Skip to main content

Prioritizing Data Security Compliance Throughout a Cloud Migration

Copado DevSecOps - Blog Series

Originally published by New Context.

Irrespective of what widgets or services your organization provides to its customers, success is not possible without good management. Defining explicitly what good management entails is not a simple exercise, yet there are certain qualities and actions that successful executives and managers seem to possess and employ. Critically, knowing what technology to leverage—and when—can be the difference between leading an industry and being left behind. Closely associated with this skill for timely technology utilization is assigning the right tasks to the right people.

Today, one of the decisions that virtually all enterprises are grappling with is how to best leverage digital transformation. The advantages of successfully embracing digitization are many, including increased operational efficiency and resiliency. A major consideration when opting to more effectively utilize software and data management is whether to migrate to the cloud.

For organizations that rely heavily on legacy systems and/or have high data security and compliance issues, careful consideration must be given to how and who is best suited to implement a cloud migration. Let’s take a look at what should be considered before moving to the cloud and how to ensure the migration incorporates data security compliance solutions for not just today but the future as well.

What to Consider Before a Cloud Migration

A typical model for a cloud migration includes the following phases:

  • Cloud readiness assessment

    Initially, an assessment that includes costs, savings, architecture, and security should be done. However, the most critical decision is who should actually perform this assessment. Therefore, careful consideration should be given to whether in-house resources have the necessary expertise or whether it would be more beneficial to outsource.  

  • Proof of concept

    To validate the choice for migration, a proof of concept should be created. This includes developing a success criterion for specific services and a testable model.

  • Application migration

    Migrate applications using a forklift or hybrid strategy. It is crucial that each application be considered individually. It may be possible to perform a simple “lift & shift.” However, it is more likely that a refactor leveraging cloud native solutions will prove to be the better option to achieve the best cost savings, scalability, and resiliency.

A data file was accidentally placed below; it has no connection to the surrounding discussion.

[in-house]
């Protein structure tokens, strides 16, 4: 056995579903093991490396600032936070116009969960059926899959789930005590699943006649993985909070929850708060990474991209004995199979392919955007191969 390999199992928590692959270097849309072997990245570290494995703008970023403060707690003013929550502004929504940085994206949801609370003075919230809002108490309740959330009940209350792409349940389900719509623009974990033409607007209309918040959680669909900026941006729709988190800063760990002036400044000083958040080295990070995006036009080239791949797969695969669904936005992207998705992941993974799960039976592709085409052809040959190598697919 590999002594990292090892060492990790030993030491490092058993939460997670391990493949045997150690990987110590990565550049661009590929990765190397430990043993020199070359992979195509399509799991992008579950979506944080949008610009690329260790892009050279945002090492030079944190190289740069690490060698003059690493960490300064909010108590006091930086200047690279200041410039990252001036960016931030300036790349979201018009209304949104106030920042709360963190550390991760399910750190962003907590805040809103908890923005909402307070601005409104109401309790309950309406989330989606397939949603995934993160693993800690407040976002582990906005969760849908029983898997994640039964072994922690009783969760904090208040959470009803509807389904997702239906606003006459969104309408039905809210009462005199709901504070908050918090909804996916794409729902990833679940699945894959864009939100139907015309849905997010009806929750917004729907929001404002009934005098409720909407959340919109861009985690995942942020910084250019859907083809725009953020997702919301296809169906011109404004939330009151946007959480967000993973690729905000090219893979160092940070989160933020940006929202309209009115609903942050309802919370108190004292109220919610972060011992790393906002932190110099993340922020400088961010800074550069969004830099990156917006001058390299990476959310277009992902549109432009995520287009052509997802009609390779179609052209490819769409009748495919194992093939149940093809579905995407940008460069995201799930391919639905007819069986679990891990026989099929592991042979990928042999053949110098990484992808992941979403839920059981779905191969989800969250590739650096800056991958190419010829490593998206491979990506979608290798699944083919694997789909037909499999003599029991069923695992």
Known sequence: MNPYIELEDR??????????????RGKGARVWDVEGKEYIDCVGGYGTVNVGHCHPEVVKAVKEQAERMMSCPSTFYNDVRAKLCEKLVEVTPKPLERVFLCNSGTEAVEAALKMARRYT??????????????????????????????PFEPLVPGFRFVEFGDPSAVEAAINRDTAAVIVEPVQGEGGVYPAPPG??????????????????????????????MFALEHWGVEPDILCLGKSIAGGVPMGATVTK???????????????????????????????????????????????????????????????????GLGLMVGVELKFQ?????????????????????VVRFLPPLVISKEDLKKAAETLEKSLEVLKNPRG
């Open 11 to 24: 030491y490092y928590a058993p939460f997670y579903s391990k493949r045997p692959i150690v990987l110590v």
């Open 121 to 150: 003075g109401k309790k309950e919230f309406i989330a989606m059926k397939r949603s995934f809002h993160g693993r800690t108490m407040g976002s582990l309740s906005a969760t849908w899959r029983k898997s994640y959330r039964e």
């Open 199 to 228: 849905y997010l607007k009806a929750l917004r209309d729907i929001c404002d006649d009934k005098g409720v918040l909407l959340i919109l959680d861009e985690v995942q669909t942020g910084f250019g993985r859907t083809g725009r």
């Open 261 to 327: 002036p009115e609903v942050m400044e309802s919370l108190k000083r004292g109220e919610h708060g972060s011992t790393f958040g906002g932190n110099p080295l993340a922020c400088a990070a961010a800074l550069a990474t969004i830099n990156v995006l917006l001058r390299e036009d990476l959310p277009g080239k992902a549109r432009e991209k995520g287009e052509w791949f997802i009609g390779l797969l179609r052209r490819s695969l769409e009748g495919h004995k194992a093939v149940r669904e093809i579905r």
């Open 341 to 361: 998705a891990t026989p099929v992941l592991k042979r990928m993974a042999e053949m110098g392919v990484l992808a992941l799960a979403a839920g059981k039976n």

• Data migration

    Data migration involves determining the specific data and applications to move, what transformations are necessary, who will perform the migration and ongoing maintenance/support and other considerations. 

  • Optimization

    The solution should be consistently updated and optimized for performance, resiliency, and efficiency to realize the greatest operational and cost benefits.   

As this list illustrates, there are a number of considerations that accompany the decision to migrate to the cloud. For example, will all data and applications be migrated? Does the internal IT team have the expertise and bandwidth to institute the transition without any loss in operational efficiency? Will the architecture support projected future needs? What is the best method of securing access credentials and secrets?

Obviously, transitioning to the cloud is a complicated process, and who implements it and how will determine the level of advantage that can be achieved. An efficient migration is a primary objective; however, any gains will be soon lost without the agility to adjust to future changes. For industries that are highly regulated, such as healthcare and banking, it is mandatory that the system be able to adapt to new rules and standards quickly and easily. Therefore, compliance automation solutions must be an integral consideration for a cloud migration.What to Consider Before a Cloud Migration - Copado

Data Security Compliance During and After Migration

Migrating to the cloud is a dynamic action to take, and this digital transformation will most likely benefit your organization’s workflow, efficiency, and ability to serve your clients. With these improvements, it will be inevitable that changes will be needed, as with any environment.

Some of these upgrades can be managed and scheduled, but for others, the timing of your rollout may not be flexible. An example of this would be when industry requirements change for how you collect and/or store your data. In most cases, the timeline for when you must be in compliance will be out of your control.

Failing to maintain compliance with government regulations for handling data not only puts your customer’s information at risk but can also be costly. As an example, fines for HIPAA violations can run as high $1.75 million, even when it was not known that a violation had been breached. To avoid these and other negative effects from lack of compliance, it is best to employ automated compliance as part of a cloud migration.

Automated compliance can be used to search, assess, and flag non-compliant resources. Moving to the cloud can often assist with maintaining data security compliance, as cloud providers are also required to meet most of the same policies. However, for industry-specific compliance, extra steps are likely to ensure compliance, for which the following actions will be helpful:

  • Encrypting data in transit as well as at rest
  • Enacting the principle of least privilege for accessing your data as well as utilizing auditing services
  • Utilizing a tool capable of making certain that resources deployed in your cloud environment stay in compliance

Following these guidelines will help ensure that your cloud environment is optimized for compliance and help shield you from the unnecessary costs and loss of client confidence that comes with non-compliance.